Marks and rubber fragments on the runway defined the touchdown point, approximately 468 m from the threshold, and showed the aircraft initially tracking on the runway centreline before drifting first slightly to the right of the centreline and then veering left over 280 m. Overheated fragments of vulcanised rubber were found at various points along the runway, with a cluster of larger fragments approximately 400 m from the touchdown point over an area of approximately 40 m by 3 m. After this point there were faint but reasonably clear lines left on the runway surface made by the wheel rims up to the point where the aircraft left the runway and continued onto the grass.

Once on the grass the aircraft left deep furrows in the top soil up to where it traversed a disused taxiway with further deep furrows beyond leading to its final position. The distance from where the aircraft left the main runway until coming to stop was approximately 120 m. Marks showed that it had ‘fishtailed’ from right to left whilst on the grass.

The aircraft stopped on a heading of 296º(M) and all four main wheels were buried up to their axles. The components attached to the front of the left and right main landing gear were clogged with soil and turf. Apart from the detached and loose lower fairing mounting strut on the left landing gear, there appeared to be no other damage. The nose landing gear, fuselage, wings and engines were undamaged although the left wing leading edge had soil residue along its length.

The AAIB opened analysis with this sentence: "The material evidence supported the conclusion that the aircraft landed with all the main
wheel brakes locked on which did not allow any rotation of the main wheels." and continued analysis:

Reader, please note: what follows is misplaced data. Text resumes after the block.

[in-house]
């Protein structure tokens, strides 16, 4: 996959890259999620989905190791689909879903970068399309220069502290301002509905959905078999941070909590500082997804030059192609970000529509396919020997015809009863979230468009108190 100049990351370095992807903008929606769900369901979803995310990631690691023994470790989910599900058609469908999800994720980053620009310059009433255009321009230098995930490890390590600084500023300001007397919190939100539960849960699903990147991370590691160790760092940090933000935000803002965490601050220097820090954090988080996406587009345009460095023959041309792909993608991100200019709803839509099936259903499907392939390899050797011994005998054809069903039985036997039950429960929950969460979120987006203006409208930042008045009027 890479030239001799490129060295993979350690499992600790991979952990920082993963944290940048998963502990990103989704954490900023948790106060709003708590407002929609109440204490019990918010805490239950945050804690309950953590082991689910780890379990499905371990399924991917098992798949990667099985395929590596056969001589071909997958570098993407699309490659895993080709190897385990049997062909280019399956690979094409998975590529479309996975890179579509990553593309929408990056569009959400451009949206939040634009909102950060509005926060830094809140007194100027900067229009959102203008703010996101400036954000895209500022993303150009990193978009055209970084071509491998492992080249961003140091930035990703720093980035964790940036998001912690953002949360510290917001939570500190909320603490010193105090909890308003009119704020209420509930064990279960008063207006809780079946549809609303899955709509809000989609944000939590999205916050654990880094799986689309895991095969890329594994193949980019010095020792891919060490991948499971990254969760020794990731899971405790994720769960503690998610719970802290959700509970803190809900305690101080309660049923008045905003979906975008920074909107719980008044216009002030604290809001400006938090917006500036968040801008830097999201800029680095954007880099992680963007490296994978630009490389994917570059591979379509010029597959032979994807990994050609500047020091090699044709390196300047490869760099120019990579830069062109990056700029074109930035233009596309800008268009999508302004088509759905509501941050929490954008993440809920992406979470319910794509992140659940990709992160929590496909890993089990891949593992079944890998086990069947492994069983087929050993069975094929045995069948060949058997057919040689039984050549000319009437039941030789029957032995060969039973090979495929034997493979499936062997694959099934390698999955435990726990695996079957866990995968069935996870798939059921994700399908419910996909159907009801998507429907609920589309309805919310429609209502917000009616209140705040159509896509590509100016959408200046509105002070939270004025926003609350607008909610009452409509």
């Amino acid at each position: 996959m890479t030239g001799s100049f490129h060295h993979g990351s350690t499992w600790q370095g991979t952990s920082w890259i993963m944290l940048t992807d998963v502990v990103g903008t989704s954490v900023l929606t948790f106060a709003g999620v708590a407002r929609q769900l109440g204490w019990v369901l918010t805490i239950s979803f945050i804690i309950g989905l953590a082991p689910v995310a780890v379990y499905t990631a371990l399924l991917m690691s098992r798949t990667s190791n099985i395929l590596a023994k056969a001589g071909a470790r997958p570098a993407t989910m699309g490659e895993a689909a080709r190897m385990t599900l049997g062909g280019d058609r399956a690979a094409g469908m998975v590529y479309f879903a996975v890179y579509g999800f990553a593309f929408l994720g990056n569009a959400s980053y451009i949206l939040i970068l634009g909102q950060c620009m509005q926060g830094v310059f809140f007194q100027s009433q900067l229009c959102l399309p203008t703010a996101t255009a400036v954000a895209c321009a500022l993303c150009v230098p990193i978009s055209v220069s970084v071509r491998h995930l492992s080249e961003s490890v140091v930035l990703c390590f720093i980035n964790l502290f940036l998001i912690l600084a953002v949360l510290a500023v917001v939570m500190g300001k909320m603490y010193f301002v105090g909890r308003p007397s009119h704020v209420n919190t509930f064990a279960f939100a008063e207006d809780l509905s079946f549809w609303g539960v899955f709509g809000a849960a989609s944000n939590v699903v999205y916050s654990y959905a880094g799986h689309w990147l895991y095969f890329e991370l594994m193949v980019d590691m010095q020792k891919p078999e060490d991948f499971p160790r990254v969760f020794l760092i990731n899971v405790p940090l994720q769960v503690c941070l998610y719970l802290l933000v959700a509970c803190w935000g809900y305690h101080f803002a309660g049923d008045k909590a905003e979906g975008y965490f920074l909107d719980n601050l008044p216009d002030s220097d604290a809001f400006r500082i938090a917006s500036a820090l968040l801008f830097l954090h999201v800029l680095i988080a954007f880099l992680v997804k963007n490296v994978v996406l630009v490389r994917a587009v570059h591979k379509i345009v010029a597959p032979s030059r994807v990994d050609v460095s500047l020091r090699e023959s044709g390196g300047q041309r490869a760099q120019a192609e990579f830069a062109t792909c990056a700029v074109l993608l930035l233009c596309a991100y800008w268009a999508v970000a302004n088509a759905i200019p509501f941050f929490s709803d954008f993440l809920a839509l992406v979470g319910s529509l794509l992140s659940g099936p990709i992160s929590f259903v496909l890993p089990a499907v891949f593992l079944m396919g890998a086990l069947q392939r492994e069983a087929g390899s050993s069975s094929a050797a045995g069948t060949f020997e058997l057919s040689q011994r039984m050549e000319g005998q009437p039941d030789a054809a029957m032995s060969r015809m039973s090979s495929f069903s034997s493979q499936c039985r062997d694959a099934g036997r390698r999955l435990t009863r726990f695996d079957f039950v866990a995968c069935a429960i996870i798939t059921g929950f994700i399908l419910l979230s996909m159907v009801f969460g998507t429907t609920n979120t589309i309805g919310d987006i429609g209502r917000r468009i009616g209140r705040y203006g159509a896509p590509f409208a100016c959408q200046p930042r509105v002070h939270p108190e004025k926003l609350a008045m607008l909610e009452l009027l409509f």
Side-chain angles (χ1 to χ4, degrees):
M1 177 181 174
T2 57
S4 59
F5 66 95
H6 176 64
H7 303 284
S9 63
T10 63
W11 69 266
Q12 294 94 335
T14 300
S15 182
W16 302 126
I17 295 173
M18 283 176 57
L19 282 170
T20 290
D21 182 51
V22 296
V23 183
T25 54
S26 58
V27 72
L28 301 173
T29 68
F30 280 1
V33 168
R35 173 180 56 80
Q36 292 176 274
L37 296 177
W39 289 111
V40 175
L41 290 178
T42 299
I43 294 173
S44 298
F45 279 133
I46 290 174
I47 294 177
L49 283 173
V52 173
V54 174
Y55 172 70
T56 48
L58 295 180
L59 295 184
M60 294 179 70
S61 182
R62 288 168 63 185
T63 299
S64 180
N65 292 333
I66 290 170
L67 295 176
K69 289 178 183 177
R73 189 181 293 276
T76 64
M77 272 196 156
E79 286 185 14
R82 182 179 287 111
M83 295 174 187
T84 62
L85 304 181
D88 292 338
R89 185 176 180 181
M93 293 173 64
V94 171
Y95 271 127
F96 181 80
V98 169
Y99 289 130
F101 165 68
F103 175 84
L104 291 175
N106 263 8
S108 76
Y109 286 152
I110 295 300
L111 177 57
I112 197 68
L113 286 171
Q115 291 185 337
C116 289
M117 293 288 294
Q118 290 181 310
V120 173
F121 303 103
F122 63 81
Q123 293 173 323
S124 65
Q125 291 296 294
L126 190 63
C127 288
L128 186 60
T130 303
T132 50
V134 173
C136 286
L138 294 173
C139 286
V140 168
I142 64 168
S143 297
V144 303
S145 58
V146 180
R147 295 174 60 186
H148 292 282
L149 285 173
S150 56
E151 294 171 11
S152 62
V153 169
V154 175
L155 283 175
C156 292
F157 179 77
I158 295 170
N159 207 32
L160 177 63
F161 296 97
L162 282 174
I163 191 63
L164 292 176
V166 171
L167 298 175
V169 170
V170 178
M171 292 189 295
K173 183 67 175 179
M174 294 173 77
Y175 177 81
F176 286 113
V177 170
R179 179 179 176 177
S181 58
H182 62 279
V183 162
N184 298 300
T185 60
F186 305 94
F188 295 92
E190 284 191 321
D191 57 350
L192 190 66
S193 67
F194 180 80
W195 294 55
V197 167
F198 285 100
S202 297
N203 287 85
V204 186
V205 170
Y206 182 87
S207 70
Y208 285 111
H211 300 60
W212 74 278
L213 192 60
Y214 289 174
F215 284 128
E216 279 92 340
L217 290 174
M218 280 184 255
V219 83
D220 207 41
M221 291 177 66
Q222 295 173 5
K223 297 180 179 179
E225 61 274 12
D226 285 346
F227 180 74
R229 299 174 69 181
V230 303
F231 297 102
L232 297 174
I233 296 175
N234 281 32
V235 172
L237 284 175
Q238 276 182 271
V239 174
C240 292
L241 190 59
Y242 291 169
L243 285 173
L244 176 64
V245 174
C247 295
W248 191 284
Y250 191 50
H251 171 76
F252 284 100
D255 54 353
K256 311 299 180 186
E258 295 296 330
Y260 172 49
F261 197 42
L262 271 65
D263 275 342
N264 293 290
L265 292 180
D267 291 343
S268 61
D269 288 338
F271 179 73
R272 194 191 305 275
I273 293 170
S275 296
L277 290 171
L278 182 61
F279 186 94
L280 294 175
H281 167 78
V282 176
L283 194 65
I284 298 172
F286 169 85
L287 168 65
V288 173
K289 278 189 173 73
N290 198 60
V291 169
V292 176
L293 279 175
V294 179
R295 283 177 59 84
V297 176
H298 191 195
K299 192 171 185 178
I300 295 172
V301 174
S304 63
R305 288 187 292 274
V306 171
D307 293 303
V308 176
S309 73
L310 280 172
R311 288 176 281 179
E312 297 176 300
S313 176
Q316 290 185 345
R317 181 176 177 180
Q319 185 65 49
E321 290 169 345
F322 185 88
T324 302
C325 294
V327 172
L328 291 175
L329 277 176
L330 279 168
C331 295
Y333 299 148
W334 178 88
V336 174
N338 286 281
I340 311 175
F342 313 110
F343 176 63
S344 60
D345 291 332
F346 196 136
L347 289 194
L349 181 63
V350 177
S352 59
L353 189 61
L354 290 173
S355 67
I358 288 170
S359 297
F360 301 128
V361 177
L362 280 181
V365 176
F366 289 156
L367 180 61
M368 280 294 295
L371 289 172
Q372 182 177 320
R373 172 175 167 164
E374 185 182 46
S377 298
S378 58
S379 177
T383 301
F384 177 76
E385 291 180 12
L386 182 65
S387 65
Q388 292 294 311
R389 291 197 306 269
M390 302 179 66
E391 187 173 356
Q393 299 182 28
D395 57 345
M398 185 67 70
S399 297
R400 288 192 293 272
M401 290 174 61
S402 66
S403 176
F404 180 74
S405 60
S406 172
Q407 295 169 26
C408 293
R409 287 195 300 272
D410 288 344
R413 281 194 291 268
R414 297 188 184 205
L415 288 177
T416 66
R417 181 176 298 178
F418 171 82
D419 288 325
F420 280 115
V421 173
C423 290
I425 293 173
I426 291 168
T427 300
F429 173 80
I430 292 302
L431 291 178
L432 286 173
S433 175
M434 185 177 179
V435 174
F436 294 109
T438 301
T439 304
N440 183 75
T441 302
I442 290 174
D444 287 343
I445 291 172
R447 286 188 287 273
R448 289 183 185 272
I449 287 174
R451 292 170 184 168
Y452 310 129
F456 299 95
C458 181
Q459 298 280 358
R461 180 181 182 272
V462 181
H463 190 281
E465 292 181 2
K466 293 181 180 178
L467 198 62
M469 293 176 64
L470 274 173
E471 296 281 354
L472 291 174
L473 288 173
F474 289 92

The crew noted a more rapid than normal de-rotation on touchdown consistent with the effect of higher drag loads imparted by the tyres as they contacted the runway surface. The small overheated tyre material ‘rubbings’ suggested the tyres did not immediately burst or deflate on touchdown. However, the cluster of larger fragments and ply material approximately 400 m from touchdown suggested that all the tyres burst either simultaneously or in very quick succession at that point. This left the sidewalls to take the weight and abrade uniformly down to the wheel rims, evidenced by the marks left on the runway, until the aircraft traversed on to the grass.

Effect of increased thrust

During the skid the aircraft was directionally unstable as shown by it drifting to the right and then to the left of the runway centreline. The action of increasing the thrust on the runway exacerbated the loss of directional control and probably led to the runway excursion because, when thrust was applied, the nose of the aircraft was pointing to the left of the runway centreline. It might have been intended as an attempt to maintain directional control by using asymmetric thrust but the captain-under-training did not recall having moved the thrust levers. It could also have occurred inadvertently through a biomechanical reaction as the aircraft decelerated. The increased thrust reduced the deceleration and, with the nose pointing to the left, applied a thrust vector which took the aircraft further from the runway centreline. The interaction between the thrust, damaged wheels and the soft ground exacerbated the tendency of the aircraft to ‘fishtail’ before it eventually came to a stop.

Inadvertent parking brake application